After the spectacular drowning of the swine, the man in question was “sitting at the feet of Jesus, clothed and in his right mind.”  The one who had not been recognizably human returned to being his true self, was back in society, and was learning from the One Who had set him free.  That was a very upsetting scene to the people of that region, however.  They actually asked Christ to leave out of fear at what had happened.  We may find their reaction hard to understand.  What could be so terrifying about this man returning to a normal life?  Unfortunately, we all tend to get used to whatever we get used to.  What we have experienced routinely in ourselves or from others becomes normal to us.  The scary man in the tombs was afraid when Christ came to set him free, but his neighbors seemed even more disturbed when they saw that he had changed.

It should not be surprising that the man formerly possessed by demons and still feared by his neighbors did not want to stay in his hometown after the Lord restored him.  He begged to go with Christ, Who responded, “Return to your home, and declare all that God has done for you.”  That must have been a difficult commandment for him to obey.  Who would not be embarrassed and afraid to live in a town where everyone knew about the wretched and miserable existence he had experienced?  It would have been much easier to have left all that behind and start over as a traveling disciple of the One who had set him free.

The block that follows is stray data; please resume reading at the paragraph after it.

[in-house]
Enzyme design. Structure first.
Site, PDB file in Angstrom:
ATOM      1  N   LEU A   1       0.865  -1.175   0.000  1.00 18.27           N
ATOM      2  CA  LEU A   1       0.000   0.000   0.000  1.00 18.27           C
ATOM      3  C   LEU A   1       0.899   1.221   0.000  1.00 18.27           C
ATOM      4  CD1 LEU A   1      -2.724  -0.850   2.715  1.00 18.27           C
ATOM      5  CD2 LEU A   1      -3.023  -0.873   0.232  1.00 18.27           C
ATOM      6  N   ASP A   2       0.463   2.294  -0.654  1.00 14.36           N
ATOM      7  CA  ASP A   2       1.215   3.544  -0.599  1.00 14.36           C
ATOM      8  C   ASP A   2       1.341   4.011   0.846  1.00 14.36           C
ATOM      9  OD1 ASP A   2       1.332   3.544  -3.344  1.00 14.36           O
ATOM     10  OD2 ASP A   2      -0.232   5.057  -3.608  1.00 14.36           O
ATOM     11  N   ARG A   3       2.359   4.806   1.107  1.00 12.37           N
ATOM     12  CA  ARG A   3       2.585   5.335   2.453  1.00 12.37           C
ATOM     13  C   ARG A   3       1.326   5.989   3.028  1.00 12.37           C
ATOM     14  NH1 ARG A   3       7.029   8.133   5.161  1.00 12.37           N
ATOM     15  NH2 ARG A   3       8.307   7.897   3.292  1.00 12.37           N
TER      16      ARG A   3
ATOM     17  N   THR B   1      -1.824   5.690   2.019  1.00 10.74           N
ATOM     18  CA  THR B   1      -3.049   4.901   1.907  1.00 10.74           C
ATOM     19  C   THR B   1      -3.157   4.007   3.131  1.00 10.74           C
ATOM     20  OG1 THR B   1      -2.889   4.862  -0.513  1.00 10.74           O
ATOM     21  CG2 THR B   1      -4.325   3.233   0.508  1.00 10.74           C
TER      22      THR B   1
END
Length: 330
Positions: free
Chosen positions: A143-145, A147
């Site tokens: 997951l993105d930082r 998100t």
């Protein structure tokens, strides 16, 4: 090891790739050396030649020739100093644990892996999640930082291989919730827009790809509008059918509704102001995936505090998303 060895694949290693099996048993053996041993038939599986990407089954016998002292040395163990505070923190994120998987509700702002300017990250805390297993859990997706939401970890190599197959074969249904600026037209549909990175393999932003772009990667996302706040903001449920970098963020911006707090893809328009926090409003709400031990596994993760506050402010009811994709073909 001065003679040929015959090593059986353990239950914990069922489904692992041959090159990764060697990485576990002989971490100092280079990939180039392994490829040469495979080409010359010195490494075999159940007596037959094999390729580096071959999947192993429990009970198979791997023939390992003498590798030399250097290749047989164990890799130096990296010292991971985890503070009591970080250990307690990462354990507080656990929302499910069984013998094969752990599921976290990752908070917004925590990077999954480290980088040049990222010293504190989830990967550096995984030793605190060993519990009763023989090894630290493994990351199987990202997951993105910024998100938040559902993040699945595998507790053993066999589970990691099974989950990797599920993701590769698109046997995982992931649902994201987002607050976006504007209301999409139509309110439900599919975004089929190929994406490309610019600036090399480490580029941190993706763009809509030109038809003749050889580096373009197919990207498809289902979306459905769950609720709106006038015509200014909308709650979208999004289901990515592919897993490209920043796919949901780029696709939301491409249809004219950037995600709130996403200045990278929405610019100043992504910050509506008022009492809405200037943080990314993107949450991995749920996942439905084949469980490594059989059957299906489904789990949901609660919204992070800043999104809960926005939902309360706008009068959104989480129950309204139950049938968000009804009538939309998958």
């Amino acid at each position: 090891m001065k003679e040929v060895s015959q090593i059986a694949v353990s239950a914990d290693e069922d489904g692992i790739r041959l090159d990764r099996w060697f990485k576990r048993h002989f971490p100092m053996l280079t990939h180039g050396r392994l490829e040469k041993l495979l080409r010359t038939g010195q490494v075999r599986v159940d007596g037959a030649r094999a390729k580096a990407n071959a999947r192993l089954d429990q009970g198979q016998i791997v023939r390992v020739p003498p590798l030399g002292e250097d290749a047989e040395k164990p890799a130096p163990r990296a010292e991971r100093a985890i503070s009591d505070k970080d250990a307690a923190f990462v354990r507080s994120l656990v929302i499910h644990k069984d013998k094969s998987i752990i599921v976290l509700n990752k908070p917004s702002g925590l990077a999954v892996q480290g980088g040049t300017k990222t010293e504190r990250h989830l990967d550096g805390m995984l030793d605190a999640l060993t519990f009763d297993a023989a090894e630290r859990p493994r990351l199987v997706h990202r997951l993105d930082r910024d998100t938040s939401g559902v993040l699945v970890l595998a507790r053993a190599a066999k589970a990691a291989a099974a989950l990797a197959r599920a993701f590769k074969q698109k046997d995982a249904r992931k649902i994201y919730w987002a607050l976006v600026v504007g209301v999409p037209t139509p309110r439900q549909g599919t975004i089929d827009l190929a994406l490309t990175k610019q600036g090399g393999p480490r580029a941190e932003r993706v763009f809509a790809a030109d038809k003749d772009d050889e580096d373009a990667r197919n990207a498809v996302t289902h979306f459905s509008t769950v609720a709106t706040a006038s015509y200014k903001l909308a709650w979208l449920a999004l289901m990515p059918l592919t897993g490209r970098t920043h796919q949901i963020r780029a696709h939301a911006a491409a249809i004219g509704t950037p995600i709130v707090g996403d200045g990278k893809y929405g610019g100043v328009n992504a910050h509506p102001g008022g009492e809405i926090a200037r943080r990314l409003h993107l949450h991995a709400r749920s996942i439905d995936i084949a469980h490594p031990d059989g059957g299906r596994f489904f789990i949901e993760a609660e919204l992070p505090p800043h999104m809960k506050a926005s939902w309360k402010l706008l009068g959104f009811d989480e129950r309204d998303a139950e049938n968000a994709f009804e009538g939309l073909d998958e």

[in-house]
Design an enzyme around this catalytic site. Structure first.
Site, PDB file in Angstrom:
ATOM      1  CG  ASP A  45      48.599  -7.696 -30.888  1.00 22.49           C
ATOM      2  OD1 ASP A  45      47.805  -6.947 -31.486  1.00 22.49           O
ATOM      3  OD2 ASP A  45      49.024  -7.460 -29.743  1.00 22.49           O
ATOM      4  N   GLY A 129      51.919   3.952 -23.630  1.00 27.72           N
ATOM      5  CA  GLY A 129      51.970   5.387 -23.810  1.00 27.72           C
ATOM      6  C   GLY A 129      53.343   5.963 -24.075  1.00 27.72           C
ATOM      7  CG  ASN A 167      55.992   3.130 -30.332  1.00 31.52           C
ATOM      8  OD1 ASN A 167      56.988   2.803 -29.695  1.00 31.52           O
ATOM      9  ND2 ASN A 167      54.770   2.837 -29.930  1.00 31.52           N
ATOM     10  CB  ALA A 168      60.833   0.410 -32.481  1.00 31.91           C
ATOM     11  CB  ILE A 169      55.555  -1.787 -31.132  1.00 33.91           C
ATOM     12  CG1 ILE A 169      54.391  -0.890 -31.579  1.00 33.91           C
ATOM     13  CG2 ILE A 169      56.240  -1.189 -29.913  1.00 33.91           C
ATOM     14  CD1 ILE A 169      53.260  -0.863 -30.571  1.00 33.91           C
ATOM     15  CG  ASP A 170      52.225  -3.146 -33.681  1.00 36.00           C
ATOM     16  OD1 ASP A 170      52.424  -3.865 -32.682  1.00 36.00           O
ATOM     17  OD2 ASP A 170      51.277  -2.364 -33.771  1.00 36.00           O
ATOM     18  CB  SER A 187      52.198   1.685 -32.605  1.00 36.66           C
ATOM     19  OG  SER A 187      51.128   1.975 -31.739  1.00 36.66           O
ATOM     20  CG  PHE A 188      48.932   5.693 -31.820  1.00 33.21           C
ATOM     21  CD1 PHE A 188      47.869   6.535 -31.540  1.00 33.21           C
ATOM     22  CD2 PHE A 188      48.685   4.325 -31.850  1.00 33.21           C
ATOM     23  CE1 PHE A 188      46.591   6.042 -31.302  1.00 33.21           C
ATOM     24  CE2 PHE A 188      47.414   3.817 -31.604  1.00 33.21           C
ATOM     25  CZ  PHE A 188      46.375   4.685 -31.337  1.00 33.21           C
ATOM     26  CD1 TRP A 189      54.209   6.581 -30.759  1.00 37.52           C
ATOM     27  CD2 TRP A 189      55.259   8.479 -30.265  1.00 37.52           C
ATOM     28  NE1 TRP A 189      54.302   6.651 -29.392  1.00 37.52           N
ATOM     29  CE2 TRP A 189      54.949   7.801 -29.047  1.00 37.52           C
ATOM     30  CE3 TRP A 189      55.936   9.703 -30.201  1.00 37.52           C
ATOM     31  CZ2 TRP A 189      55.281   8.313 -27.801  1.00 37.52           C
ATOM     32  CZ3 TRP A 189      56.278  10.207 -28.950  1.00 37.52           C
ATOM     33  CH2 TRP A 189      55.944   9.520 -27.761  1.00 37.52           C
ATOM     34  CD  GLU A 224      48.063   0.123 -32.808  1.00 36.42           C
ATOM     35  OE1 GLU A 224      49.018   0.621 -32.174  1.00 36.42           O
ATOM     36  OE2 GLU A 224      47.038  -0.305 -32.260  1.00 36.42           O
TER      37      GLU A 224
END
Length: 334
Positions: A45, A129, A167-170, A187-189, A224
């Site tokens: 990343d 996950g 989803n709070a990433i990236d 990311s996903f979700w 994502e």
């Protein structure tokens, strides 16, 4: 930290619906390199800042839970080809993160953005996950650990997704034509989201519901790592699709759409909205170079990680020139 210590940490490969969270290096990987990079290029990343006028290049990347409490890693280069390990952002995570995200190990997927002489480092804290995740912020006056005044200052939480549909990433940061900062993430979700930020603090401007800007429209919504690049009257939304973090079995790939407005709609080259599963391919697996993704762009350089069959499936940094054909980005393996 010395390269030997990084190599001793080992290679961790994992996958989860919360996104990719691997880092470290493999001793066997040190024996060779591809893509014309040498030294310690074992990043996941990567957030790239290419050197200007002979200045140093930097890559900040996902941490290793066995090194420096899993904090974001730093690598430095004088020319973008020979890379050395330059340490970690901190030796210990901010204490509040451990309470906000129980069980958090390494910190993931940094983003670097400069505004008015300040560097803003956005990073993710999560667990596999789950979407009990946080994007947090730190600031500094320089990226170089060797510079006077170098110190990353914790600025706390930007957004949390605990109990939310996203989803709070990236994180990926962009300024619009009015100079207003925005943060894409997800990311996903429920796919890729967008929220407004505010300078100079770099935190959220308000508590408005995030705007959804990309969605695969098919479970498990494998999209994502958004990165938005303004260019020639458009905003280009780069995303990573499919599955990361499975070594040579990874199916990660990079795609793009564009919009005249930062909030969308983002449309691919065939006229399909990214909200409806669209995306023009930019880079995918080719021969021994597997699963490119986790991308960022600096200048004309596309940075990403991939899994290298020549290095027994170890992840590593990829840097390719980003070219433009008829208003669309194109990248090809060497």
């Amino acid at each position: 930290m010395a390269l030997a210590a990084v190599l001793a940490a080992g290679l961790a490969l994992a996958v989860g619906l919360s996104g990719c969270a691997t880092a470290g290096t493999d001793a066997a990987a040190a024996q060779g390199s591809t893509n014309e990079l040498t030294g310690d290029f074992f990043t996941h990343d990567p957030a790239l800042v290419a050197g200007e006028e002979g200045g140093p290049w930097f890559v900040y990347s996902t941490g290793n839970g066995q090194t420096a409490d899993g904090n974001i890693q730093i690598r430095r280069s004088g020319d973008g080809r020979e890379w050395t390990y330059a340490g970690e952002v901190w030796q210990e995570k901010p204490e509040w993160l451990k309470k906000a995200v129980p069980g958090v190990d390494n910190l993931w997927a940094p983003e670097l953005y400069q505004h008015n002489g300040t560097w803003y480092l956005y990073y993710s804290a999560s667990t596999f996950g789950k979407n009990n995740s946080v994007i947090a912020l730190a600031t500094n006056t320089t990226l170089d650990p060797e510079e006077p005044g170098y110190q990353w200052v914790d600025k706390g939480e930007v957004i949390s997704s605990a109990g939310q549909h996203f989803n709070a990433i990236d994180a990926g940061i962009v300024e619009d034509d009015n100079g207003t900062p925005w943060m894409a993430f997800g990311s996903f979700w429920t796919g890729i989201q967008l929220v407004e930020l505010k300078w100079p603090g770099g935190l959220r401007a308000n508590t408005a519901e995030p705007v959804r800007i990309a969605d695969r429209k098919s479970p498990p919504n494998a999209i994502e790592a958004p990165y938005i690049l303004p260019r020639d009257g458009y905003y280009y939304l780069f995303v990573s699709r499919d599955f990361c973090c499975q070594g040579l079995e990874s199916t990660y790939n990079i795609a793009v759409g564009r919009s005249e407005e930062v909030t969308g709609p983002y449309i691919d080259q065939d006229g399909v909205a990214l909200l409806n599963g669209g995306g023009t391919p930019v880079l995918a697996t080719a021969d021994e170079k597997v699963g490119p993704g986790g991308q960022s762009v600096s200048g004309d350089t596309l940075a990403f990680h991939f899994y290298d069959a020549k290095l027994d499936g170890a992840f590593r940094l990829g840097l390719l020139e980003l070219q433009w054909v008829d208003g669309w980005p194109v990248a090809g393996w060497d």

But that was not what Christ wanted the man to do.  Perhaps that was because the Lord knew that the best sign of His transforming power was a living person who had been restored from the worst forms of depravity and corruption.   Why should people believe that Jesus Christ is the Son of God and the Savior of the world?  Surely, the lives of His followers must bear witness to His healing power in order to convince them.  When someone moves from slavery to personal decay to the glorious freedom of the children of God, that person has moved from death to life.  That person has become his or her true self as one who bears the divine image and likeness.  Such a radical change is a brilliant sign of the truth of Christ’s resurrection, for He makes us participants in His victory over death by breaking the destructive hold of the power of sin in our lives.

Our Lord makes it possible for us to become our true selves in Him, the Second Adam.  That means being united with Him in holiness such that, by His gracious mercy, we become “partakers of the divine nature” who fulfill humanity’s original vocation to become like God in holiness.   He has overcome our nakedness by clothing us in a robe of light in baptism, filled us with the Holy Spirit in Chrismation, and nourished us with His own Body and Blood in the Eucharist.  He Himself forgives and restores us through Confession and repentance.  Our Lord is even more present to us than He was to the man in today’s gospel lesson, for He has made us members of His own Body and dwells in our hearts.  We serve Him as we serve one another, including even the most miserable people with whom He identified Himself as “the least of these.”